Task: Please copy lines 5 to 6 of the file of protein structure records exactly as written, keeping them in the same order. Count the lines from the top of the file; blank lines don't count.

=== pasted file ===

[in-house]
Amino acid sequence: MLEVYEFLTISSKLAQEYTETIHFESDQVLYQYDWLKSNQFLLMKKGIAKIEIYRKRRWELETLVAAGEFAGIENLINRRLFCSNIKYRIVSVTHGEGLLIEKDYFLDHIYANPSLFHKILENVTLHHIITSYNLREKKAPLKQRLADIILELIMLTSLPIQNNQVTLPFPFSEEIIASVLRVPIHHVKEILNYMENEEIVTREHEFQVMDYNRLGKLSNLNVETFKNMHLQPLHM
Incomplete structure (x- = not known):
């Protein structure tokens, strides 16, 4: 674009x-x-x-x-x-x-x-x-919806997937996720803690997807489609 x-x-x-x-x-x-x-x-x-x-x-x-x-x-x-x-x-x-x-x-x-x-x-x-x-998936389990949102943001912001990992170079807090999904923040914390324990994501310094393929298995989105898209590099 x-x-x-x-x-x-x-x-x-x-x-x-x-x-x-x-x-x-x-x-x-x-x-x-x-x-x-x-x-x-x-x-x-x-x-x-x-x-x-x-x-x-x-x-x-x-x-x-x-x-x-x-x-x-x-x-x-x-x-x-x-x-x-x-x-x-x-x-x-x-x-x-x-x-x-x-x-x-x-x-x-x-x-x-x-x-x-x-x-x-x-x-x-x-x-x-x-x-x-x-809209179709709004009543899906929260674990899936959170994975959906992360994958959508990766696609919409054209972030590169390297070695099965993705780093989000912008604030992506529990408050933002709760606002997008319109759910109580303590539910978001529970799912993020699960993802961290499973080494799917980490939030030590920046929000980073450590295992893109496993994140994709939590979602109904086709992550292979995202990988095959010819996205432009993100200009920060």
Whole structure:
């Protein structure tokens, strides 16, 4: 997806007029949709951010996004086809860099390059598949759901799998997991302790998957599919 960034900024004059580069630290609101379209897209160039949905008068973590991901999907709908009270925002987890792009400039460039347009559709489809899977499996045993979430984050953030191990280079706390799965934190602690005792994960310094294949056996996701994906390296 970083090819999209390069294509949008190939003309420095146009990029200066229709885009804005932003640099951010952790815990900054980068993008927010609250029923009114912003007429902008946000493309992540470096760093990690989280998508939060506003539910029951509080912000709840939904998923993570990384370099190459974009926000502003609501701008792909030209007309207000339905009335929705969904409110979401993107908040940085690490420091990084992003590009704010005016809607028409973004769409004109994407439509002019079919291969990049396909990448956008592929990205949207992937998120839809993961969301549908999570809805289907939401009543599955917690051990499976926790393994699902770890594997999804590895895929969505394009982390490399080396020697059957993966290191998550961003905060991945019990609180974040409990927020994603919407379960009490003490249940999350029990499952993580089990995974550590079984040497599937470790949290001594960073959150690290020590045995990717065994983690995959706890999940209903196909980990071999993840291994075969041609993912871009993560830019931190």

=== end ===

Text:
Whole structure:
């Protein structure tokens, strides 16, 4: 997806007029949709951010996004086809860099390059598949759901799998997991302790998957599919 960034900024004059580069630290609101379209897209160039949905008068973590991901999907709908009270925002987890792009400039460039347009559709489809899977499996045993979430984050953030191990280079706390799965934190602690005792994960310094294949056996996701994906390296 970083090819999209390069294509949008190939003309420095146009990029200066229709885009804005932003640099951010952790815990900054980068993008927010609250029923009114912003007429902008946000493309992540470096760093990690989280998508939060506003539910029951509080912000709840939904998923993570990384370099190459974009926000502003609501701008792909030209007309207000339905009335929705969904409110979401993107908040940085690490420091990084992003590009704010005016809607028409973004769409004109994407439509002019079919291969990049396909990448956008592929990205949207992937998120839809993961969301549908999570809805289907939401009543599955917690051990499976926790393994699902770890594997999804590895895929969505394009982390490399080396020697059957993966290191998550961003905060991945019990609180974040409990927020994603919407379960009490003490249940999350029990499952993580089990995974550590079984040497599937470790949290001594960073959150690290020590045995990717065994983690995959706890999940209903196909980990071999993840291994075969041609993912871009993560830019931190």